Before flying to Cuba, Maduro said that Energy Minister Hector Navarro would be in charge of government affairs in the meantime.
‘‘The situation does not look good. The fact that Maduro himself would go to Cuba, leaving Hector Navarro in charge only seems understandable if Chavez’s health is precarious,’’ said David Smilde, a University of Georgia sociologist and analyst for the Washington Office on Latin America think tank.
Smilde said that Maduro probably made the trip ‘‘to be able to talk to Chavez himself and perhaps to talk to the Castros and other Cuban advisers about how to navigate the possibility of Chavez not being able to be sworn in on Jan. 10.’’
‘‘Mentioning twice in his nationally televised speech that Chavez has suffered new complications only reinforces the appearance that the situation is serious,’’ Smilde said.
Medical experts say that it’s common for patients who have undergone major surgeries to suffer respiratory infections and that how a patient fares can vary widely from a quick recovery in a couple of days to a fight for life on a respirator.
Maduro’s latest update differed markedly from a week ago, when he had said he received a phone call from the president and that Chavez was up and walking.
The vice president spoke on Sunday below a picture of 19th century independence hero Simon Bolivar, the inspiration of Chavez’s leftist Bolivarian Revolution movement.
Maduro said that Chavez had sent year-end greetings to his homeland and a ‘‘warm hug to the boys and girls of Venezuela.’’
The vice president expressed faith that Chavez would ‘‘successfully fight this new battle.’’ He concluded his message saying: ‘‘Long live Chavez.’’
On the streets of Caracas, images of Chavez smiling and saluting are emblazoned on campaign signs and murals. One newly painted mural reads: ‘‘Be strong, Chavez.’’
State television played video of Chavez campaigning for re-election, including a speech when he shouted: ‘‘I am a nation!’’
A new government sign atop a high-rise apartment complex reads: ‘‘YOU ALSO ARE CHAVEZ.’’
Chavez has been in office since 1999 and was re-elected in October, three months after he had announced that his latest tests showed he was cancer-free.
Opposition politicians have criticized a lack of detailed information about Chavez’s condition, and last week repeated their demands for a full medical report.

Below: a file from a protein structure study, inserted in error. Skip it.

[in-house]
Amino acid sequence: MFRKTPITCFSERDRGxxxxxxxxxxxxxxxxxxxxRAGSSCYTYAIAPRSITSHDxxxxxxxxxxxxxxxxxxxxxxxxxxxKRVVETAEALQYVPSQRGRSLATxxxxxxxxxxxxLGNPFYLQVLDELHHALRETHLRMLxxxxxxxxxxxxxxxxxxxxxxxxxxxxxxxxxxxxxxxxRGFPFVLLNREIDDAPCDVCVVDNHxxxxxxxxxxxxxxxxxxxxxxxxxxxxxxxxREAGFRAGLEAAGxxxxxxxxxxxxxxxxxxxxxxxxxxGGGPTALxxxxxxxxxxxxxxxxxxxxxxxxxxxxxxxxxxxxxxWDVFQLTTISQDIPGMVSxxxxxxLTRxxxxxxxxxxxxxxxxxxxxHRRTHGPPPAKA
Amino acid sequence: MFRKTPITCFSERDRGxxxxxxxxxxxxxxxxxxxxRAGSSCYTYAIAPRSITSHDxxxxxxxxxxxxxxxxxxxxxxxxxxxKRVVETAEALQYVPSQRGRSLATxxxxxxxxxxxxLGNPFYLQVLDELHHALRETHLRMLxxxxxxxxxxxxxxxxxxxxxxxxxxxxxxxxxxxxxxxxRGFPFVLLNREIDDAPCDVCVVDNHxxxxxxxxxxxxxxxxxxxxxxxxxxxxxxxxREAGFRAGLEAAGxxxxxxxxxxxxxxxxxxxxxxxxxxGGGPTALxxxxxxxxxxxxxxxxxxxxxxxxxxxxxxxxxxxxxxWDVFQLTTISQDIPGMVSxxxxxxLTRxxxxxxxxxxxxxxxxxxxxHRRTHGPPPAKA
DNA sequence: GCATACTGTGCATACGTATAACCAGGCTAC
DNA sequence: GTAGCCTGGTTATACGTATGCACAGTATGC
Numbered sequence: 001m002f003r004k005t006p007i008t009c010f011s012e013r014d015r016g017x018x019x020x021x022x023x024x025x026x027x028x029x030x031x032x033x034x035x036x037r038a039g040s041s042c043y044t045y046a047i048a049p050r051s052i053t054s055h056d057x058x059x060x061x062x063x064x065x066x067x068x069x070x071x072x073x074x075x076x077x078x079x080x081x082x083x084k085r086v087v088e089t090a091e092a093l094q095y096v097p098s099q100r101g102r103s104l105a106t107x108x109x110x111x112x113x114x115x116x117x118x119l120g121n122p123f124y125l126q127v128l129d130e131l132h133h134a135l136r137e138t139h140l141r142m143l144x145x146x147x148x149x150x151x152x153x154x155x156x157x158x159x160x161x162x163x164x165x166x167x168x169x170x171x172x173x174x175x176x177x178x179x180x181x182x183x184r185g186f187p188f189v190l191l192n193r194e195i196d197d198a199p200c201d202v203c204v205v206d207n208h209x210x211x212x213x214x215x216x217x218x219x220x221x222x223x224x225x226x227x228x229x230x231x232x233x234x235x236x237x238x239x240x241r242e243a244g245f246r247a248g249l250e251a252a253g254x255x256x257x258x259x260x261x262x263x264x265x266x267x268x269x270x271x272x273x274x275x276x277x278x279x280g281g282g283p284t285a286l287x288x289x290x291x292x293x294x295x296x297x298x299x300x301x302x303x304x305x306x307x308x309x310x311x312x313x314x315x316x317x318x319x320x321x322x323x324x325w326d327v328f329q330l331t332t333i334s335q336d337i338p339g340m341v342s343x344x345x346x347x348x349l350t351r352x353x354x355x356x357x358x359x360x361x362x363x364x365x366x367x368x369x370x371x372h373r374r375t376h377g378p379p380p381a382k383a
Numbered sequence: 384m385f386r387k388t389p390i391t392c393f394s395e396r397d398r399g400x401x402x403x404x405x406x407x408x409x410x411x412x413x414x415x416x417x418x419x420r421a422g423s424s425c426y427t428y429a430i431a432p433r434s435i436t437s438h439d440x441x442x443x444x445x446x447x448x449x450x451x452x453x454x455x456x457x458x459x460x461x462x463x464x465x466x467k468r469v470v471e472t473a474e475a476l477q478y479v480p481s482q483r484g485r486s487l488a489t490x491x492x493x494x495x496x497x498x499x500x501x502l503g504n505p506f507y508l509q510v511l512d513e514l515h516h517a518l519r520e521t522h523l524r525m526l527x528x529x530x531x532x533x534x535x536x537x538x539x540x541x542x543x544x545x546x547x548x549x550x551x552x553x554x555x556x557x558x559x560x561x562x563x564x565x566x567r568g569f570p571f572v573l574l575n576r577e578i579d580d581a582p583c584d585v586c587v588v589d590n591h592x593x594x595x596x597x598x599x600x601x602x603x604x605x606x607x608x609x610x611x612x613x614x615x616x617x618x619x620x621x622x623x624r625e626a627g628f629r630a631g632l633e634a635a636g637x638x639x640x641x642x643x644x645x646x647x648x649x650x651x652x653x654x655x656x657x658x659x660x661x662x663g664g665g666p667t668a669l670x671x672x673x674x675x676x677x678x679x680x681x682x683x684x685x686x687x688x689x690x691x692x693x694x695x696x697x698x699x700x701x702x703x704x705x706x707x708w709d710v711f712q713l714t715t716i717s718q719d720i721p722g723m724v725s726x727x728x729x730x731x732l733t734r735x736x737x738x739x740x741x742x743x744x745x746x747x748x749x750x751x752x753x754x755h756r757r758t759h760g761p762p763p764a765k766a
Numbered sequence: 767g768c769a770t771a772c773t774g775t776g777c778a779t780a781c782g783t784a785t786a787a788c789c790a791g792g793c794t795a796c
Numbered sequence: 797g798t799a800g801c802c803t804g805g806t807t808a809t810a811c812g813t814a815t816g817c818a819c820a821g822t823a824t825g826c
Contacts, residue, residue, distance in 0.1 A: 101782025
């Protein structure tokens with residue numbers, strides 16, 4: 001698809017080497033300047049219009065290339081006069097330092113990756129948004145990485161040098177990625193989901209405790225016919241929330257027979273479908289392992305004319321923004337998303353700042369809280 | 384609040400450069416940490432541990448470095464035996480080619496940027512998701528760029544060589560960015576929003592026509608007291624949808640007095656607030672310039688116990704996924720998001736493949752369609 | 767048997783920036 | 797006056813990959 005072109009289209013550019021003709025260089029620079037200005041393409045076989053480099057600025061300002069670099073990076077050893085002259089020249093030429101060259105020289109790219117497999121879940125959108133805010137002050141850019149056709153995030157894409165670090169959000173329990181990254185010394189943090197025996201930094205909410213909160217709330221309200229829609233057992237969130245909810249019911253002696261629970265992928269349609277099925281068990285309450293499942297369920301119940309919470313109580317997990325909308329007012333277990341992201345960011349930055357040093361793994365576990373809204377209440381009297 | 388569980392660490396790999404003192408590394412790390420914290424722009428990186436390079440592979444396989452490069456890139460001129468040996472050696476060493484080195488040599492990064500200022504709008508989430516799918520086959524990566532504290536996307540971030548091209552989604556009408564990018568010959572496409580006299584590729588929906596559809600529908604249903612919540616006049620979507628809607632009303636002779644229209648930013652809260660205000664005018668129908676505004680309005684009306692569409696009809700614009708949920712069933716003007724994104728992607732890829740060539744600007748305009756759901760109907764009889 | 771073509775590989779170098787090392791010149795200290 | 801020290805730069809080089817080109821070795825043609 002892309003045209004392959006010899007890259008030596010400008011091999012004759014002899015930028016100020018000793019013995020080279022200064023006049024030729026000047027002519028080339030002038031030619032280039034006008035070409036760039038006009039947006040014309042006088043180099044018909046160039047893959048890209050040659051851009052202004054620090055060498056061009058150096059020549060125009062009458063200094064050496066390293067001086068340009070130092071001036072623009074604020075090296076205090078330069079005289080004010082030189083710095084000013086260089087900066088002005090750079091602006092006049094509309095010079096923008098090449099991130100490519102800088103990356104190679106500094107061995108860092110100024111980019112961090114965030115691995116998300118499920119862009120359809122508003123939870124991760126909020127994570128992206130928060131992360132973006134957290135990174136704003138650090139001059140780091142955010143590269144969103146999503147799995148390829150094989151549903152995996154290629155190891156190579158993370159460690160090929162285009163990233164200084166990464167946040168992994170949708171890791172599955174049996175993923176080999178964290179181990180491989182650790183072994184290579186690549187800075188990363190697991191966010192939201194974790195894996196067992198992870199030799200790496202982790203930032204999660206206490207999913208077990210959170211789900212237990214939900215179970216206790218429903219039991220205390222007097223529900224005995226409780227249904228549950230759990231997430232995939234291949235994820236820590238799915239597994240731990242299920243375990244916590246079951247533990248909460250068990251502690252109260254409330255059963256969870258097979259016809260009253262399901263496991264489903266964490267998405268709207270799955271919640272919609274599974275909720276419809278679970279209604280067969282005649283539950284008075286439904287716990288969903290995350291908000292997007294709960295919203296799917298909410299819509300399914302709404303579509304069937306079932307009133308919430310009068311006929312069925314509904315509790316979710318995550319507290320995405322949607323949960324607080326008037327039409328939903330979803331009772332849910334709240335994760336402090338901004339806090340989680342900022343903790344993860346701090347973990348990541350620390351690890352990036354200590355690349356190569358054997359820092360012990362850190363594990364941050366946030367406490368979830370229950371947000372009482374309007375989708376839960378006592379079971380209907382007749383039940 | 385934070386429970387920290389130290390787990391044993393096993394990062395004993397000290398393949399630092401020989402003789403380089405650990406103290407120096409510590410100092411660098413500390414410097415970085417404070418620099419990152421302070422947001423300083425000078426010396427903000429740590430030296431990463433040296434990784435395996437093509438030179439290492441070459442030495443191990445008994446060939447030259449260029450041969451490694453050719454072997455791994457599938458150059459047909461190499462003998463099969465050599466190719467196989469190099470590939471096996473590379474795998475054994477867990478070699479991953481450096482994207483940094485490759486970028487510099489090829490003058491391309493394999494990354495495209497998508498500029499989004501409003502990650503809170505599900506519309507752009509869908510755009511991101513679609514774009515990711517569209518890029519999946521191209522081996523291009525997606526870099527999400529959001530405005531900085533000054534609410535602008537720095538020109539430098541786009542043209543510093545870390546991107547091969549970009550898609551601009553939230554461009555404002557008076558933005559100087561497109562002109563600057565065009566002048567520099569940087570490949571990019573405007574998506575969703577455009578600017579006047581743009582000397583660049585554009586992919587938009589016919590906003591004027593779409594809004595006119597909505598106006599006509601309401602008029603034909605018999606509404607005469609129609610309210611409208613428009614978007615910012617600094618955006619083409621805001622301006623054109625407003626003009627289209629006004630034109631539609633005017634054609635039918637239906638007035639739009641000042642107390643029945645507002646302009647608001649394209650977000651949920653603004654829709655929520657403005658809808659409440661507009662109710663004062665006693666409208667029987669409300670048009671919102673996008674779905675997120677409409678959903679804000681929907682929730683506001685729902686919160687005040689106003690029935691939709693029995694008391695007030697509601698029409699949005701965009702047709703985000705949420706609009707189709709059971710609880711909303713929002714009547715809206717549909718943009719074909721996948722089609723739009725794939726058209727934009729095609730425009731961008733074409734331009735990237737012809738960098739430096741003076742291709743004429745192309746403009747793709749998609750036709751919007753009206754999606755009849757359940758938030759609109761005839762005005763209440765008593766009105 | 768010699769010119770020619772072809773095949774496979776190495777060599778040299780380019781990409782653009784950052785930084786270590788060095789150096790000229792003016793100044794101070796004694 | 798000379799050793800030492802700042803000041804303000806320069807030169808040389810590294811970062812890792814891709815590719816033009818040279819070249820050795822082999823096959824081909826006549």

Information Minister Ernesto Villegas defended the government’s handling of the situation, saying during a televised panel discussion on Sunday night that Chavez ‘‘has told the truth in his worst moments’’ throughout his presidency.
He also referred to a new surge of rumors about Chavez’s condition and called for respect for the president and his family.
Chavez’s daughter Maria, who has been with the president since his surgery, said in a message on her Twitter account: ‘‘Thank you people of Venezuela. Thank you people of the world. You and your love have always been our greatest strength! God is with us! We love you!’’
Chavez’s son-in-law Jorge Arreaza, who is the government’s science minister and has been with the president in Cuba, urged Venezuelans in a Twitter message Monday night not to believe ‘‘bad-intentioned rumors’’ circulating online. ‘‘President Chavez has spent the day calm and stable, accompanied by his children,’’ Arreaza said in the message.
Some who stood in the Caracas plaza on Monday night held pictures of the president. Speaking to the crowd, lawmaker Earle Herrera said that Chavez ‘‘is continuing to fight the battle he has to fight.’’
‘‘He’s an undefeated president, and he'll continue to be undefeated,’’ he said.
Associated Press writer Christopher Toothaker contributed to this report.
Ian James on Twitter: http://twitter.com/ianjamesap